Home

News

Features

Sports

Perspectives

Police Blotter


About Us

Stater Archives

School of Communication

The Cleveland Stater YouTube Channel Visit us at:

The Cleveland Stater Facebook Page The Cleveland Stater Twitter The Cleveland Stater YouTube Channel


 

July 3, 2014

Financial woes lead to dissatisfied int. students

By Jaychelle Willis

In a recent online study by the National Association of State Facilities Administrators (NAFSA), international students coming to the United Sates for a college education are reporting to be dissatisfied with their experiences at U.S. universities.

NASFA’s Association of International Educators study included more than 500 survey responses from students enrolled at 83 colleges across the country.

The findings of the study concluded that the primary reason for international students’ dissatisfaction with American colleges is due to financial reasons.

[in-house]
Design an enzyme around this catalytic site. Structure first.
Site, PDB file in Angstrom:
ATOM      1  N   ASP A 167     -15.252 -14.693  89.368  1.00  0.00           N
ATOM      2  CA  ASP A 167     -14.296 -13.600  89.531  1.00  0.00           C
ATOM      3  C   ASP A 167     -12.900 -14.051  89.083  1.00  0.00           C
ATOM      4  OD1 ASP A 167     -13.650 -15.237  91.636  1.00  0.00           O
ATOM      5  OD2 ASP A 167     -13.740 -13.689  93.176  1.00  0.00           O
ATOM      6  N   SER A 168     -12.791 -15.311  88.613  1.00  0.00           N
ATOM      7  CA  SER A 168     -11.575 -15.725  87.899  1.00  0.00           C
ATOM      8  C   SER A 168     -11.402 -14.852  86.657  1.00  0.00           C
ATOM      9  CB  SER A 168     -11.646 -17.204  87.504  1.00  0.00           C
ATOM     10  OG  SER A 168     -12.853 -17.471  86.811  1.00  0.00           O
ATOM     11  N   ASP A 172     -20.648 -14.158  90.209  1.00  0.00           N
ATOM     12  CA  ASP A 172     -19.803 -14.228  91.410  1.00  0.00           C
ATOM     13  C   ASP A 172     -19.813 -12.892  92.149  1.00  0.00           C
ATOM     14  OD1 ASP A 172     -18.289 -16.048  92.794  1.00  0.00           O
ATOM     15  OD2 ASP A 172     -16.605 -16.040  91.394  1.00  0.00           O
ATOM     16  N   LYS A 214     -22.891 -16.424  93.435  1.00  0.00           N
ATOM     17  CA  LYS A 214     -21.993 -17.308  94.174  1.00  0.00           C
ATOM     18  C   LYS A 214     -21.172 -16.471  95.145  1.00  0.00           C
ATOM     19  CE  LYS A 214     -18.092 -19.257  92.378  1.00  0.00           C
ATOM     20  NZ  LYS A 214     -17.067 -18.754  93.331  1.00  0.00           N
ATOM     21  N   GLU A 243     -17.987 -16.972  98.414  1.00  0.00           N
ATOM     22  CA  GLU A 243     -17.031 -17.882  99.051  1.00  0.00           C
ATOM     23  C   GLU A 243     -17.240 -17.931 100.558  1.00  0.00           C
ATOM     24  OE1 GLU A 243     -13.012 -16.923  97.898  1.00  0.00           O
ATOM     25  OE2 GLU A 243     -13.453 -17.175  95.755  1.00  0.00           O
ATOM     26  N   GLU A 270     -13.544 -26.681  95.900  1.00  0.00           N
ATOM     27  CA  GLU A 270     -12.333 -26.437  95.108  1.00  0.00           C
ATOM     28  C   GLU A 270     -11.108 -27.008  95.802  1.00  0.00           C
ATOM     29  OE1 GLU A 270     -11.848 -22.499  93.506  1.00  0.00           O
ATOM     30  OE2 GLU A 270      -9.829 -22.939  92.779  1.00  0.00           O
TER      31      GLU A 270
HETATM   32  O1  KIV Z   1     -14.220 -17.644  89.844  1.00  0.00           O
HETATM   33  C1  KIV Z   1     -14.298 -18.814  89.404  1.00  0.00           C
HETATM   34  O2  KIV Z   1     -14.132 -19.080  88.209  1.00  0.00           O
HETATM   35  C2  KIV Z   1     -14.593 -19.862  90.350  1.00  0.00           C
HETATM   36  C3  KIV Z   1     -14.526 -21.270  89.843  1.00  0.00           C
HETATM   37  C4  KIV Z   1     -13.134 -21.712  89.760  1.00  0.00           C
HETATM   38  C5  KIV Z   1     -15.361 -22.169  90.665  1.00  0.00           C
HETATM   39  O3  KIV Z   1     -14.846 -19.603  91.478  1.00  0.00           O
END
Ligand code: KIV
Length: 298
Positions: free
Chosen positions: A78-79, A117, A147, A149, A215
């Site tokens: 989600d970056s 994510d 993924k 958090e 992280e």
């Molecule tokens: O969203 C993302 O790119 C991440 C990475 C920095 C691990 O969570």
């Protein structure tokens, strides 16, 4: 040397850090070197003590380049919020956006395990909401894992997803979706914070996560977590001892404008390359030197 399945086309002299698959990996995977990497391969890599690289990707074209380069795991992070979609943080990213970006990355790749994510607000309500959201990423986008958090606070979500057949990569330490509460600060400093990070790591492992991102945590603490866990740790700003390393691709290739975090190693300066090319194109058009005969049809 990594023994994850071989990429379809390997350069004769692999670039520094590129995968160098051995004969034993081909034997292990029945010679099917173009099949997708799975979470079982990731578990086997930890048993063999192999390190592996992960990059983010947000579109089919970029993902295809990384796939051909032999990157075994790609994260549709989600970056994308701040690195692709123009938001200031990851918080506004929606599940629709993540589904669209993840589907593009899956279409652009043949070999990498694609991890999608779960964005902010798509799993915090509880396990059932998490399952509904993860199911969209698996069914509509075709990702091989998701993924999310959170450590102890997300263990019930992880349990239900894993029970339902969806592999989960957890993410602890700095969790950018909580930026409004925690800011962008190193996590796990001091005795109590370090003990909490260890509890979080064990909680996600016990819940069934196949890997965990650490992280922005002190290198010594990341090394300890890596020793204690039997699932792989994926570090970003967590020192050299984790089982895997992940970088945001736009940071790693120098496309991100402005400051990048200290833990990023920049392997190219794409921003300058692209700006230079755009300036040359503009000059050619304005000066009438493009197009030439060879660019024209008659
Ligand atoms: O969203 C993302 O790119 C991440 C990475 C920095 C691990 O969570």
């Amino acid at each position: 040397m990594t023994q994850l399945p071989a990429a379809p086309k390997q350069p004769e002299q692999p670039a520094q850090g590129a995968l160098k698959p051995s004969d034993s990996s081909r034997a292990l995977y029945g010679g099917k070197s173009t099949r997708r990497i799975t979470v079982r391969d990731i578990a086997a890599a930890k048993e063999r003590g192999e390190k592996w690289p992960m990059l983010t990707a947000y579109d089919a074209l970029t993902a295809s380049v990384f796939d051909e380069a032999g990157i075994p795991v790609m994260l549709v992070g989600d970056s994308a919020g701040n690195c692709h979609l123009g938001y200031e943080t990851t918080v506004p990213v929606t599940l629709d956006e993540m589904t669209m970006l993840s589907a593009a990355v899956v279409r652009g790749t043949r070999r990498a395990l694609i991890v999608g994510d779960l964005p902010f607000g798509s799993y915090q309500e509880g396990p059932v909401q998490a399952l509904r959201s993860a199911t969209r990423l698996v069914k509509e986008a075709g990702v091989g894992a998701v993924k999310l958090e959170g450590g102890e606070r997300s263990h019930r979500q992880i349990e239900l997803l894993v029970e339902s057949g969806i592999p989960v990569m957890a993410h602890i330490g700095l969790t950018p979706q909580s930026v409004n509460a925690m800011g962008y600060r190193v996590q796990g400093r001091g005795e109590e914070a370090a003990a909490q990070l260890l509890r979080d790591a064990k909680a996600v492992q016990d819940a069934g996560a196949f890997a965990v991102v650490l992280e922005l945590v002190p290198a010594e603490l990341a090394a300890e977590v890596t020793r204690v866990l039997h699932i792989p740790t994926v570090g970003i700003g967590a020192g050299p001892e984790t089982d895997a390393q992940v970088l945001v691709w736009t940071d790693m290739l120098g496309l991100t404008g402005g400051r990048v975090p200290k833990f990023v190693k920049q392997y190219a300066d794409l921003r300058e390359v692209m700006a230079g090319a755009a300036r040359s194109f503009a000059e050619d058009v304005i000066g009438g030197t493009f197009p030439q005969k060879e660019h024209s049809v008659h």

As non-resident aliens, international students face many challenges when trying to find employment.  By F-1 student visa guidelines, international students are required to obtain employment on-campus only. With limited access to student employment on college campuses, many students have struggles finding financial support.

Due to these barriers, students reported that employment opportunities, along with access to internships, affordability and availability of scholarships are the major causes as to why they transfer.

As of October 2013, Cleveland State University comprises approximately 1,254 international students. This group of students, both undergraduate and graduate come from countries and regions throughout the world, including Saudi Arabia, India, Nigeria and China. The number of students continues to grow each semester as non-resident aliens leave their country to better their education in the states.